They provide tours on a fast, low to the water, Navy S.E.A.L Rigid Inflatable Boat (R.I.B) that glides over the water. They offer tours along the southern Maine coastline with narrated tours to four lighthouses, which include Nubble light, Goat Island light, Wood Island light, and out to Boon Island lighthouse. They also offer a unique guided walk about tour around Goat Island lighthouse and grounds, a land/sea adventure cruise, a 1-hr speedy thrill ride along 20 miles of coastline, and a 3-hour sunset whale watching cruise.

8 Western Ave
Kennebunk, ME 04043
(207) 502-8040


Cove Runner Coastline Cruises
Private intimate trips (up to 6 passengers) along the southern coast of Maine to destinations of your choice, in a smooth riding 23’ power catamaran. Cooler (BYOB), Bluetooth sound system, comfortable seating and a full-sized head provided. Enjoy seal sightings and other wildlife. Departs out of Perkins Cove in Ogunquit, Maine.

Captain Bob Spencer
(207) 216-2844



My 300-page book (with over 360 images), Lighthouses and Coastal Attractions of Northern New England: New Hampshire, Maine, and Vermont, published by Schiffer Publishing, provides human interest stories from each of the 76 lighthouses, along with plenty of coastal attractions and tours near each beacon, and contact info to plan your special trips.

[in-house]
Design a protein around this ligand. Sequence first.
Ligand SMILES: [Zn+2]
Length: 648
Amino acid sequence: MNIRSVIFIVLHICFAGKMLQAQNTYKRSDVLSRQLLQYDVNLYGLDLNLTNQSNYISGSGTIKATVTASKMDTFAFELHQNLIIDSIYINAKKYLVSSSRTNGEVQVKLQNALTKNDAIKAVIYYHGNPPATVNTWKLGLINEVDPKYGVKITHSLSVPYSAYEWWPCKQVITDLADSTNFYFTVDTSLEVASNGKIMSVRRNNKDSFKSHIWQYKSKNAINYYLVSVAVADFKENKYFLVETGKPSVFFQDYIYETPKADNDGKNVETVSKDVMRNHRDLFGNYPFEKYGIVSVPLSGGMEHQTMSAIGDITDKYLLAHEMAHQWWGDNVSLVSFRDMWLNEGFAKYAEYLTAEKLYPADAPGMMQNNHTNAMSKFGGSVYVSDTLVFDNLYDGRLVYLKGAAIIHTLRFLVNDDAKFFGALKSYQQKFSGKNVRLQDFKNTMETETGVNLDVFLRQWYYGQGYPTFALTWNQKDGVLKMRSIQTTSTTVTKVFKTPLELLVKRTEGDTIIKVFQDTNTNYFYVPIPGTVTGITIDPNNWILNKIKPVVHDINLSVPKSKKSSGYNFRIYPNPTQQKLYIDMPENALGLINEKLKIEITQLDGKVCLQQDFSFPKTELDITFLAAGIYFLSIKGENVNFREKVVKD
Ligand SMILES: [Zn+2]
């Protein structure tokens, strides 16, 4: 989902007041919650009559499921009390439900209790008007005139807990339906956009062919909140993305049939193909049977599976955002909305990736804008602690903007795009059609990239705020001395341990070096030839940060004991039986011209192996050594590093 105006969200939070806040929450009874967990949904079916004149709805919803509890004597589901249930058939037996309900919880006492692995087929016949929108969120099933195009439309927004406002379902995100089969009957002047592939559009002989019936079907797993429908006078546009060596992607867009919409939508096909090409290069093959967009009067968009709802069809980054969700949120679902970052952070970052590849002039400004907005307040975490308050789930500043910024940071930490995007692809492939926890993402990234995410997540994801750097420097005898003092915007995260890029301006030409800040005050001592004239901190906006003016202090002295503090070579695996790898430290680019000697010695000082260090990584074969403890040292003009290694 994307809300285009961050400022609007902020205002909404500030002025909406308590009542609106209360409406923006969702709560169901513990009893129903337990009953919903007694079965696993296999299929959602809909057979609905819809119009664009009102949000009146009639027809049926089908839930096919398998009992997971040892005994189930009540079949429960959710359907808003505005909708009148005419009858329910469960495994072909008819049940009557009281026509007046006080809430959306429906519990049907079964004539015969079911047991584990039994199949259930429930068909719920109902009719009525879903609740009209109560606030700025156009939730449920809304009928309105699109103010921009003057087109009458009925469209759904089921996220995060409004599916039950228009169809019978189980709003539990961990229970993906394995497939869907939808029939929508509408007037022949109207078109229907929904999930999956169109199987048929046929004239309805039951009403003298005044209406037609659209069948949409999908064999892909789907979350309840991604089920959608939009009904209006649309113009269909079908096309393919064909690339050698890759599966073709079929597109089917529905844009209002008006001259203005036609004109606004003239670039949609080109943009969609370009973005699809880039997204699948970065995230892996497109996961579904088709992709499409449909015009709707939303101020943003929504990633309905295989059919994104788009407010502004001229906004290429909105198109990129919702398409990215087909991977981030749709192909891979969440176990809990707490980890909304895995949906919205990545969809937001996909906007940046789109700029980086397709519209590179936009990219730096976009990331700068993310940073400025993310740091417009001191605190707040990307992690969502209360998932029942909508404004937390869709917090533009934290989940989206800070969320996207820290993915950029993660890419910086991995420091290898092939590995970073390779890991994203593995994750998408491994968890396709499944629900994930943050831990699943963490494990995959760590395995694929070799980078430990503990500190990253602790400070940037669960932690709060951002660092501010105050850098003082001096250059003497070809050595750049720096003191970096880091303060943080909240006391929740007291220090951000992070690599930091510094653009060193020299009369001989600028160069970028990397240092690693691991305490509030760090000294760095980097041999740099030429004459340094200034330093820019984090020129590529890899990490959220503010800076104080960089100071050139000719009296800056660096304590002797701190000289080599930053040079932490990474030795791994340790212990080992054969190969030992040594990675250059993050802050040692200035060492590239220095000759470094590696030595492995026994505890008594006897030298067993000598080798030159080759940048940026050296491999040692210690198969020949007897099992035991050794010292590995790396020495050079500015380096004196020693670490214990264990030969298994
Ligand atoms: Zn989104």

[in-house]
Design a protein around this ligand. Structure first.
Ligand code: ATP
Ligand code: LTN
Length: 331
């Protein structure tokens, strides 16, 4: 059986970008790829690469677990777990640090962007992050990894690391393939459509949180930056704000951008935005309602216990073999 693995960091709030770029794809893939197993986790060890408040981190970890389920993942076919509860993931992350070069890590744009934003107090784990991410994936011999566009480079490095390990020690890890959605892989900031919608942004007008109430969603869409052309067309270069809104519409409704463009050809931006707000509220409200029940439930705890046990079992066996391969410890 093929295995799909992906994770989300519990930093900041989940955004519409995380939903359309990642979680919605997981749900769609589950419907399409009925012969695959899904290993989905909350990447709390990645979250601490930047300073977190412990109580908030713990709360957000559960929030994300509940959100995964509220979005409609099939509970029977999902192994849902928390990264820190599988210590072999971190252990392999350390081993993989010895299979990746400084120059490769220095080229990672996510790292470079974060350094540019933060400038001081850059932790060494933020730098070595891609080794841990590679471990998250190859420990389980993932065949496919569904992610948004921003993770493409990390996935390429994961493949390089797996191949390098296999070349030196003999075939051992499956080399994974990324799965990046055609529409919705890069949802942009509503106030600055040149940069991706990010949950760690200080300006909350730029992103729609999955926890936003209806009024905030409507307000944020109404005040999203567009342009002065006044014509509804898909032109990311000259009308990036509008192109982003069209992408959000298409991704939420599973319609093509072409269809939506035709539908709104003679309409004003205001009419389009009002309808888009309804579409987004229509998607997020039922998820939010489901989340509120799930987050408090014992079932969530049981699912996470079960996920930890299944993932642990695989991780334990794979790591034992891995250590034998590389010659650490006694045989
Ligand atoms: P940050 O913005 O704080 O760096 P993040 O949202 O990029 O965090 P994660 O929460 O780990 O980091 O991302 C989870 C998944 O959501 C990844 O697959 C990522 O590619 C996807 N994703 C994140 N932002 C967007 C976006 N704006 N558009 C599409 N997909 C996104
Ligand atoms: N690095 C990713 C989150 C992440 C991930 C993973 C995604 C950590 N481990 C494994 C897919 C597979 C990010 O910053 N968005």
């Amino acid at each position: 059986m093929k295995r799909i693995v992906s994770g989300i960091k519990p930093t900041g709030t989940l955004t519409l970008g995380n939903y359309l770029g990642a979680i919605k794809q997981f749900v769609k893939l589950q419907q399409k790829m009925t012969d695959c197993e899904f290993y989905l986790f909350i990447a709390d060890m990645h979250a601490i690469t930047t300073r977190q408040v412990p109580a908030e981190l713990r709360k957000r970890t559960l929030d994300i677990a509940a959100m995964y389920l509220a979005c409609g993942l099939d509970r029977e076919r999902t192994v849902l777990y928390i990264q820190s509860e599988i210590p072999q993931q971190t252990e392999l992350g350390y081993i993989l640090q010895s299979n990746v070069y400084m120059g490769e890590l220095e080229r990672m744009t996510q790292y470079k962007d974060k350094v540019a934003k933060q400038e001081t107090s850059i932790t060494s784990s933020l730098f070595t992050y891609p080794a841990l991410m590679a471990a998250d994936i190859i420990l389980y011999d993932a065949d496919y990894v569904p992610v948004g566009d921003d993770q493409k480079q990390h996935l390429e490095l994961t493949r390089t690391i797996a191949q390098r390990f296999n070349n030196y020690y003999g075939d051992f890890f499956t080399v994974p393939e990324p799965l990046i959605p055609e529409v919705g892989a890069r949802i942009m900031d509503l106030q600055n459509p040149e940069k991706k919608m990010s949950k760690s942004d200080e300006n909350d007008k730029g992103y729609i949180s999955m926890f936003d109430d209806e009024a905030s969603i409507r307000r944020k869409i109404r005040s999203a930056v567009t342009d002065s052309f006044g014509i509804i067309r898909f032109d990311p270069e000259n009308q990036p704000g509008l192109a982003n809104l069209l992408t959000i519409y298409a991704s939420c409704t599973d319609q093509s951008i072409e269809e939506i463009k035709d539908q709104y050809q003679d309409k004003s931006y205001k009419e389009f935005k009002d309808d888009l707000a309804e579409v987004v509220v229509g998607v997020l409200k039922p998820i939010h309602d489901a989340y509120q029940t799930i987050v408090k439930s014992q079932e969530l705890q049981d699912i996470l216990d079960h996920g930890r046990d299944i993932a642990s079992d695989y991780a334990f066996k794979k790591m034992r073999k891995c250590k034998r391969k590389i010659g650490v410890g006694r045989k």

There is also a segment of stories of haunted lighthouses, of which Boon Island is considered haunted by the distraught wife of a keeper that died on the island.

Look inside!

book northern New England lighthouses and local coastal attractions





New England Lighthouses: Famous Shipwrecks, Rescues & Other Tales

This image-rich book contains over 50 stories of famous shipwrecks and rescues around New England lighthouses, and also tales of hauntings that occurred.

You'll find more extensive details and imagery on stories of the Nottingham Galley shipwreck, the "Flying Santas," and the hauntings of Boon Island Light.

You'll find this book and others I've written from the publisher Schiffer Books, or in many fine bookstores like Barnes and Noble.